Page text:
PBL is about making connections between what is happening outside the classroom walls and the content. It is about using your student’s skills, so they can realise that they are creative, autonomous and enthusiastic learners. It is based on a challenging question and after much inquiry, discussion and research, culminates in realistic presentations. Not only does it give students choice to how and what they want to learn, it also allows them to learn how to work collaboratively and respectfully.
The importance of the Driving Question
Some teachers believe that the Driving Question is one of the hardest parts of the project. As it is this question that will guide the whole inquiry and research, it does play a crucial role. Understanding the concept of open ended questions and their objective is one way to go about it. When writing a Driving Question, you must take into consideration that there cannot be a single answer for the question. Other questions must expand from the Driving Question so the question must be broad enough so the students can come up with other questions.
“A Driving Question that creates a sense of wonderment will allow students to ask and answer the sub-questions” (Krajcik, J.S., Czerniak, C., & Berger, C. 2002). The question is based on ideas and concepts and never on facts. Facts can be answered on google. Ideas and concepts need to be researched.
There are many different kinds of Driving Questions we can come up with. Ones that solve problems (How can we help clean the main river in my community); conceptual questions (How does the bee population affect our lives?) Abstract questions (Is Violence justified at any time) and many others
As Reiser points out : “The driving question creates interest in some aspect of the phenomenon, and as a result, students care about understanding the phenomenon or resolving the problem” (Reiser, 2004).
Krajcik, J.S., Czerniak, C., & Berger, C. (2002). Teaching Science In Elementary And Middle School Classrooms: A Project-Based Approach, Second Edition. McGraw-Hill: Boston, MA.
Reiser, B. J. (2004). Scaffolding complex learning: The mechanisms of structuring and problematizing student work. Journal of the Learning Sciences, 13 (3 ), 273–304.
Teacher's and student's roles
“One of the most difficult aspects of PBL for teachers is to learn how to be less teacher-centered.”(Tavares and Potter, 2018). This is one of the main aspects that has changed in the 21st century classroom. Students take the stand.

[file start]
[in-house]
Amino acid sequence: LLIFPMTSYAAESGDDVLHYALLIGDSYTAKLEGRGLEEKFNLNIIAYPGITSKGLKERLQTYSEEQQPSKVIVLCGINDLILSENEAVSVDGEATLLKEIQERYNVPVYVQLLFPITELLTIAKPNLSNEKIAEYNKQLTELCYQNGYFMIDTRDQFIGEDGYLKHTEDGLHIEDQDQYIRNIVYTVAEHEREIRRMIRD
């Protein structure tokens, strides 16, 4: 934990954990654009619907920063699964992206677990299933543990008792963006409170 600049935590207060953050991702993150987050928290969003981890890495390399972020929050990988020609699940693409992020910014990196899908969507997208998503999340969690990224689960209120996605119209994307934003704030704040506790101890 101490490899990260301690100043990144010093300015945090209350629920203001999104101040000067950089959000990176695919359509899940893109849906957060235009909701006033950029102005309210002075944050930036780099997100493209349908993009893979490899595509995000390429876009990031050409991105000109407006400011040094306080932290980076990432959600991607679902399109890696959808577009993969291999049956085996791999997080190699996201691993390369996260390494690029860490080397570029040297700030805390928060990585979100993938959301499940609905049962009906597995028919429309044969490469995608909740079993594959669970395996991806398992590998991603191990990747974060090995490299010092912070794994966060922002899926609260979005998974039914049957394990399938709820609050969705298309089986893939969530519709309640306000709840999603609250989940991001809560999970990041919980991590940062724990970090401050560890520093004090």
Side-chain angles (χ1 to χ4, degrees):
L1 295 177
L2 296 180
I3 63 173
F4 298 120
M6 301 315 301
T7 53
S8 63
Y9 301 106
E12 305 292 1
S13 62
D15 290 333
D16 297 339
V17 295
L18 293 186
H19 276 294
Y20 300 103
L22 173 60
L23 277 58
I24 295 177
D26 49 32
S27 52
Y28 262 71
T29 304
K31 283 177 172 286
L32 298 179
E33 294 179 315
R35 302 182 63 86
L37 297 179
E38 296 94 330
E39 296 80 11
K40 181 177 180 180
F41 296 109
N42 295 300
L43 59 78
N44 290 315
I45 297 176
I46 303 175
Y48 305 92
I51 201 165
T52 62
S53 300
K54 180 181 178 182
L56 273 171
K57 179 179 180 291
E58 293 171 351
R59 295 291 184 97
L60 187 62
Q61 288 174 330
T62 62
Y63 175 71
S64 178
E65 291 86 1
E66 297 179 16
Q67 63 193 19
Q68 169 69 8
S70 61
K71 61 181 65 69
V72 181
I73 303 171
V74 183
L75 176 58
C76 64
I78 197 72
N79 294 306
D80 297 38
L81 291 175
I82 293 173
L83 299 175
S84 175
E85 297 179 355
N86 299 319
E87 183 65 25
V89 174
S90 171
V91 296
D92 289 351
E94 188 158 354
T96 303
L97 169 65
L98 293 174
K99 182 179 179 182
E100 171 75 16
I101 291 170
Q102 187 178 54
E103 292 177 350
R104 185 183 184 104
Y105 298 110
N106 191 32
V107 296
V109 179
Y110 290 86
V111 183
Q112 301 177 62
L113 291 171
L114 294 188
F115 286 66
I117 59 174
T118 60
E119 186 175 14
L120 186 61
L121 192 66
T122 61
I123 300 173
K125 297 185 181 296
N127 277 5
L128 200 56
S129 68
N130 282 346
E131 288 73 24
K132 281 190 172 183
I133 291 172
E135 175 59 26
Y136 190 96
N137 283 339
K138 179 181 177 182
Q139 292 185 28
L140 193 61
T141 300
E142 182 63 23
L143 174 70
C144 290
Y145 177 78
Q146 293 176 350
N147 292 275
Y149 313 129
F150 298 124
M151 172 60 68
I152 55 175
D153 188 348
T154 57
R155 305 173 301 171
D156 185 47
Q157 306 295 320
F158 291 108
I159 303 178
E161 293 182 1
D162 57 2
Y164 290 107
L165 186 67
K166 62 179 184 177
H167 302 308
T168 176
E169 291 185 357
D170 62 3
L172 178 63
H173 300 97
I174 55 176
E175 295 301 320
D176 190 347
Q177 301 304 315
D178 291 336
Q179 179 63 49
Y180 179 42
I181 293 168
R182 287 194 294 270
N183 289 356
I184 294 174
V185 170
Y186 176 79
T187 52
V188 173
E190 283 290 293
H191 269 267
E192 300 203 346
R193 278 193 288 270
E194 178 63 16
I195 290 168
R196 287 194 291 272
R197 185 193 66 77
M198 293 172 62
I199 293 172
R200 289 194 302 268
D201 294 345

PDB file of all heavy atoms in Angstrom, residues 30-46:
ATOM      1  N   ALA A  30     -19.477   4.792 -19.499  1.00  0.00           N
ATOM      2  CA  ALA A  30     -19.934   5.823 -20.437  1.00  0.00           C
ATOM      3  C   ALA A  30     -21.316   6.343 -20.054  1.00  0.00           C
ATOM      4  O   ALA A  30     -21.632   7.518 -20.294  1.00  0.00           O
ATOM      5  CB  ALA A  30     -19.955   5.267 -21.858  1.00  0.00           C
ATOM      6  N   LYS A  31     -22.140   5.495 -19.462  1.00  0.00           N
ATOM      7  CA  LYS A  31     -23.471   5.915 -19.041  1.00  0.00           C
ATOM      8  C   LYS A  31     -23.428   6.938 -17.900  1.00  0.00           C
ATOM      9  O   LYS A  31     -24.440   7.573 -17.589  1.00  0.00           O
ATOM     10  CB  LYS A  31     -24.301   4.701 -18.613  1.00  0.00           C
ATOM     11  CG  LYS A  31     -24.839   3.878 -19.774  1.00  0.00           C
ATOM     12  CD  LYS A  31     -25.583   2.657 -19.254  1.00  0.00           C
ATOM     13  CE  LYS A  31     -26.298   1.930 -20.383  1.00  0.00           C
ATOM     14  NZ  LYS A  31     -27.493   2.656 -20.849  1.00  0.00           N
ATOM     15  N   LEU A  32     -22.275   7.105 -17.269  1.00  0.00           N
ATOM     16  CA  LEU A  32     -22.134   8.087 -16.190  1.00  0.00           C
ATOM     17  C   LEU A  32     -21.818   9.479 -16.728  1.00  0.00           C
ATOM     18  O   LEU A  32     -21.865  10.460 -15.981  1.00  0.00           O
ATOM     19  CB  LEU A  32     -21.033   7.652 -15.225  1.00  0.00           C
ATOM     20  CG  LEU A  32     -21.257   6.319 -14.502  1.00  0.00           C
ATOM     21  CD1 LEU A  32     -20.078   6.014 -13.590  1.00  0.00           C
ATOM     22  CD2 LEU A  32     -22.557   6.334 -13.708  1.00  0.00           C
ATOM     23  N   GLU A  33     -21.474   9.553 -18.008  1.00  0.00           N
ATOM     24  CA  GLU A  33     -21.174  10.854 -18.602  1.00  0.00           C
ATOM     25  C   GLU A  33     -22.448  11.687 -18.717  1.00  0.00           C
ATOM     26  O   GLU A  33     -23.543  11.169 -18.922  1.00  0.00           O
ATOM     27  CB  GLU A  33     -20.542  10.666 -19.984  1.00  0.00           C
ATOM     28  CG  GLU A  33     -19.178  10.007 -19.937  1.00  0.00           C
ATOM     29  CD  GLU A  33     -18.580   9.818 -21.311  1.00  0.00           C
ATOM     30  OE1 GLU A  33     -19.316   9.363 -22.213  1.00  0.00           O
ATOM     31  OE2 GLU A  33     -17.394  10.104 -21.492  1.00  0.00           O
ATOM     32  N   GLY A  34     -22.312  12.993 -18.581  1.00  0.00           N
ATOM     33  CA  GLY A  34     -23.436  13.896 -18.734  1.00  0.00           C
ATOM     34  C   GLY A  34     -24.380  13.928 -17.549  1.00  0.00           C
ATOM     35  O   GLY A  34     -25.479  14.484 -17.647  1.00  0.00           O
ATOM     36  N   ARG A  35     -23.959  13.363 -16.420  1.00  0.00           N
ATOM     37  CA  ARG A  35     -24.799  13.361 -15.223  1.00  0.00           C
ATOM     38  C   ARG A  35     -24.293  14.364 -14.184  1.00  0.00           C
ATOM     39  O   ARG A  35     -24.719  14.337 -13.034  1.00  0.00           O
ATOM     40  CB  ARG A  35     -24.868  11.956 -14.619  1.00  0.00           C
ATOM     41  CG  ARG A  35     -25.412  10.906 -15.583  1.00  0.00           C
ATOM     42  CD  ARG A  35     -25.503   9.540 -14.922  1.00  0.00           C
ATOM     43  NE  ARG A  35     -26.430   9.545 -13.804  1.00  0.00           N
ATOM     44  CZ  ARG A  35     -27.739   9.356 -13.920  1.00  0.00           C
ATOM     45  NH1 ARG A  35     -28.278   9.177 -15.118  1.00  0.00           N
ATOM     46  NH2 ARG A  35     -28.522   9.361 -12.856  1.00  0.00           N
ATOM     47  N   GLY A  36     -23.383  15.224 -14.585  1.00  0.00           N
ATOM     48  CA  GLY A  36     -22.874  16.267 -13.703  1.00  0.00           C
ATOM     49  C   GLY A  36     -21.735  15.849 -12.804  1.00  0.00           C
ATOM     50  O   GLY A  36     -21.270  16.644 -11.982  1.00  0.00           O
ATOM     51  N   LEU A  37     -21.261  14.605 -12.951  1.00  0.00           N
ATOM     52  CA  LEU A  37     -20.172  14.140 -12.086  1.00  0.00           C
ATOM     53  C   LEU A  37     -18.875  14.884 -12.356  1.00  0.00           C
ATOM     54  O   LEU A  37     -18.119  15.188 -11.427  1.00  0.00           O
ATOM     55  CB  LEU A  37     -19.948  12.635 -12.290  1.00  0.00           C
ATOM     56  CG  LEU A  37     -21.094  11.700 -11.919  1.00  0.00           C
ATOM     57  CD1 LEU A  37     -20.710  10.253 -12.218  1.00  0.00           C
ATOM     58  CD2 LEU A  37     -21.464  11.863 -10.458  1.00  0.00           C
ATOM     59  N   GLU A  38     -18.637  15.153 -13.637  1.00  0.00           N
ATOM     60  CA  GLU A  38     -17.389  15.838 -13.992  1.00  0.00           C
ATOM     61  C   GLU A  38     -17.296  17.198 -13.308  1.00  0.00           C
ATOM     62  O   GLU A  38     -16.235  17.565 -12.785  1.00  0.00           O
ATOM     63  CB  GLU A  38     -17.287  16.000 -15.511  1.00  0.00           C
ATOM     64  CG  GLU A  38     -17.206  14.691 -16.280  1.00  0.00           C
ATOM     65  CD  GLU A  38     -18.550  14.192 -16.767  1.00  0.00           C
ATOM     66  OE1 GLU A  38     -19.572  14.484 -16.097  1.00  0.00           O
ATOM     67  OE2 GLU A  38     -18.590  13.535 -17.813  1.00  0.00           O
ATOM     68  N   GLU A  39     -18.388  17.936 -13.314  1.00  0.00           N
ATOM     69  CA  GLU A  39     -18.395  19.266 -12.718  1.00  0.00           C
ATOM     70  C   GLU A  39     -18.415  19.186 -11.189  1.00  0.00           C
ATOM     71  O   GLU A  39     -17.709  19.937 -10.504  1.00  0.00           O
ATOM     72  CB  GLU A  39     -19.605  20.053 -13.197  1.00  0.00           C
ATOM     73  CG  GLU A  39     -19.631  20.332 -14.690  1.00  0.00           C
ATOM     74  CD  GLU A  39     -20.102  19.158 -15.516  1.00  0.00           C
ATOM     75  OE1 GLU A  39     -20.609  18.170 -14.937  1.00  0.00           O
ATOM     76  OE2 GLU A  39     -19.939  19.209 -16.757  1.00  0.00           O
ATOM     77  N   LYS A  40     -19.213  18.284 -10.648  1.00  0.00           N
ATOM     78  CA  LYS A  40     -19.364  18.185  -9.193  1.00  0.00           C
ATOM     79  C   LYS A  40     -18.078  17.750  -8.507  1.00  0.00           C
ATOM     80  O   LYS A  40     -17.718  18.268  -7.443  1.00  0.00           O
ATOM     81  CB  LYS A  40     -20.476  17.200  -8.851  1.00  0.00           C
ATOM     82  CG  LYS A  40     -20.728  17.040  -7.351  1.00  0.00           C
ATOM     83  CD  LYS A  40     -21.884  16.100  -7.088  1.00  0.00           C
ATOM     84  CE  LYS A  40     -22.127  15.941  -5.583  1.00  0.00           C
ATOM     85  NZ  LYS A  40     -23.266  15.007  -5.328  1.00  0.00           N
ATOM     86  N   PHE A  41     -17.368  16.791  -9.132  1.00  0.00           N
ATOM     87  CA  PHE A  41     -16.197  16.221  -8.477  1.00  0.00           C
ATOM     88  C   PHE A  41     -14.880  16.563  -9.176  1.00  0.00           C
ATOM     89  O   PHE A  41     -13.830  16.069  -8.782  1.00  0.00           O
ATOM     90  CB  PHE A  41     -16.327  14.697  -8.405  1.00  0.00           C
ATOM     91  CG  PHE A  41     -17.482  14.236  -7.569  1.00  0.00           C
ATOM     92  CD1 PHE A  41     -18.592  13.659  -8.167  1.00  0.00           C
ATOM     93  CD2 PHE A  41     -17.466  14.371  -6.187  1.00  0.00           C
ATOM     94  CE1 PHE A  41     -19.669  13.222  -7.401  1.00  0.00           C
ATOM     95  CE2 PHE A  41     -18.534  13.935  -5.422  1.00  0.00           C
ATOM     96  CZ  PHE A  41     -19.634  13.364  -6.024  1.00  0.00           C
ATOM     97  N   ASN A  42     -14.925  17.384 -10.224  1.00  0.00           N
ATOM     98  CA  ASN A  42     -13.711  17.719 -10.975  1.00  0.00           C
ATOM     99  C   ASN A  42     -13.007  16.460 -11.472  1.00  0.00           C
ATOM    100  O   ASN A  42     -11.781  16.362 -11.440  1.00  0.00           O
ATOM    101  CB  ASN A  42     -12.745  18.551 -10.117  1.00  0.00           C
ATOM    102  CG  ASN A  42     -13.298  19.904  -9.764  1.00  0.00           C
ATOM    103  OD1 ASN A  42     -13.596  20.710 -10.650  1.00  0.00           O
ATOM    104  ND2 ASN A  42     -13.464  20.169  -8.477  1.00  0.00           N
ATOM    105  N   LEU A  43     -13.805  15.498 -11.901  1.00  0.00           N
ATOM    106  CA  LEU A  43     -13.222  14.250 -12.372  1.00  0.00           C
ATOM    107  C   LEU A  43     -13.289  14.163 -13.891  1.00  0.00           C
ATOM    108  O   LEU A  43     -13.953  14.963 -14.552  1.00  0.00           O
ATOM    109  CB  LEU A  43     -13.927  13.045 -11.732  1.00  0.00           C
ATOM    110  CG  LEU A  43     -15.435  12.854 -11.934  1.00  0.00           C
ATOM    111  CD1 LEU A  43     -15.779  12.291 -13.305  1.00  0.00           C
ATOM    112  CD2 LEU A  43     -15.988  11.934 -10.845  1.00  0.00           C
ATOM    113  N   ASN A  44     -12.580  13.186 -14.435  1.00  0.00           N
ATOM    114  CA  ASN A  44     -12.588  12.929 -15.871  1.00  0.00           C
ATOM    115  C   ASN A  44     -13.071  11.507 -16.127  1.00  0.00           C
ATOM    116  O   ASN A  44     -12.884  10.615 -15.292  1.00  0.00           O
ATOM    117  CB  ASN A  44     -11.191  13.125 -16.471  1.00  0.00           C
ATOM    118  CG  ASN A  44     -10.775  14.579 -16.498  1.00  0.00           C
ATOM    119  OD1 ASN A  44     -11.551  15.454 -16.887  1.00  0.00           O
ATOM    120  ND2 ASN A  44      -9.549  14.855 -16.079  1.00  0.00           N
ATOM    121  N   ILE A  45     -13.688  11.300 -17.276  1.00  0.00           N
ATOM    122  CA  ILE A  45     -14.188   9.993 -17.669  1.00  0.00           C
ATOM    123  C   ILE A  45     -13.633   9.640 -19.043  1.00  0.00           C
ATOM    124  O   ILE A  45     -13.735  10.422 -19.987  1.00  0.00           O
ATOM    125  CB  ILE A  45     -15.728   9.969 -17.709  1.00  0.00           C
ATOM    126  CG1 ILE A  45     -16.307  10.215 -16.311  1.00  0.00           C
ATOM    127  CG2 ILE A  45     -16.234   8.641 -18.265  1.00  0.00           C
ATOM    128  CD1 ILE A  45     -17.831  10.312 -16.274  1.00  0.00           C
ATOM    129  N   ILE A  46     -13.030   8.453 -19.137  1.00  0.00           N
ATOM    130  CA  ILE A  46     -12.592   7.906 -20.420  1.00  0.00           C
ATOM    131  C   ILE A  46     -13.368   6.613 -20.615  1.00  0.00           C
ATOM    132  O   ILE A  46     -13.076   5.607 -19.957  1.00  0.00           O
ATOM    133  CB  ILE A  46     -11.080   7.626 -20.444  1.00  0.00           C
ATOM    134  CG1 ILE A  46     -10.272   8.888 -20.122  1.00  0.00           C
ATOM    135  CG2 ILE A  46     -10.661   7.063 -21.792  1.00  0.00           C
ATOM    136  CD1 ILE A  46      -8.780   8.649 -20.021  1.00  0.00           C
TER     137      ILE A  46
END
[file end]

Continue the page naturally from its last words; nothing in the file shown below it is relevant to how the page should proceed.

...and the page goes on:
Throughout the project teachers perform various different roles. One can divide them into three different stages. Pre-project stage, during-project stage and after-project stage.
As mentioned above, the students take the stand. We can also divide the roles into the same three stages.
Tavares, J and Potter ,L (2018)– Project Based Learning applied to the Language classroom
Assessment in PBL
The first thing to have in mind when working on PBL is that assessment is done with students’ active participation, just like everything else. Assessment is also an ongoing process, which means that students will not be assessed only at the end of the project, but along the way as well. The idea of assessment as a test that measures only content does not fit into the ideals underlying PBL, as in this approach we believe students learn more than just vocabulary and grammar. Successful PBL in the language classroom enables students to use language meaningfully and to apply what they learn to different contexts.
In this sense, therefore, assessment in PBL is a much more elaborate task, where simple grading cannot account for all the nuances of the work being developed. That is why rubrics are probably the most efficient tool for assessing students’ performance throughout the project.
What are rubrics?
According to Brookhart (2013), rubrics can be defined as a “coherent set of criteria for students' work that includes descriptions of levels of performance quality on the criteria”. What does it mean in practical terms? Unlike abstract concepts such as As and Bs, or grades that vary from one to ten, rubrics describe, with some level of detail, the different levels of performance and what they are worth in terms of grades.
They are particularly important in PBL for two main reasons: first, they are much more relevant for formative assessment, as they show students exactly what they have done right, as well as where they need to improve. Secondly, using rubrics enables students to contribute to building the criteria and descriptions together with the teacher, which gives them a sense of belonging while promoting engagement and autonomy.
Where to find good materials
We have selected a few websites and books that can help you on your first steps into PBL. They can be very useful in enlightening some of the key concepts and also providing ideas to begin working with it in the language classroom.
Edutopia - this education portal offers a variety of articles about driving questions
Rubistar - a tool that helps teachers build rubrics
Teachers First - article that explains some of the different types of rubrics
Ideas for projects
Buck Institute of Education - This is one of the most important websites on the topic, on which you can find everything related to PBL, from articles to project ideas
Project-based Learning Applied to the Language Classroom - Juliana Tavares and Louise Potter
In this book, the authors present the main concepts involved in PBL from the foreign language teacher stance. They also present sample projects for students in the primary and middle education that can be easily adapted to all levels and ages.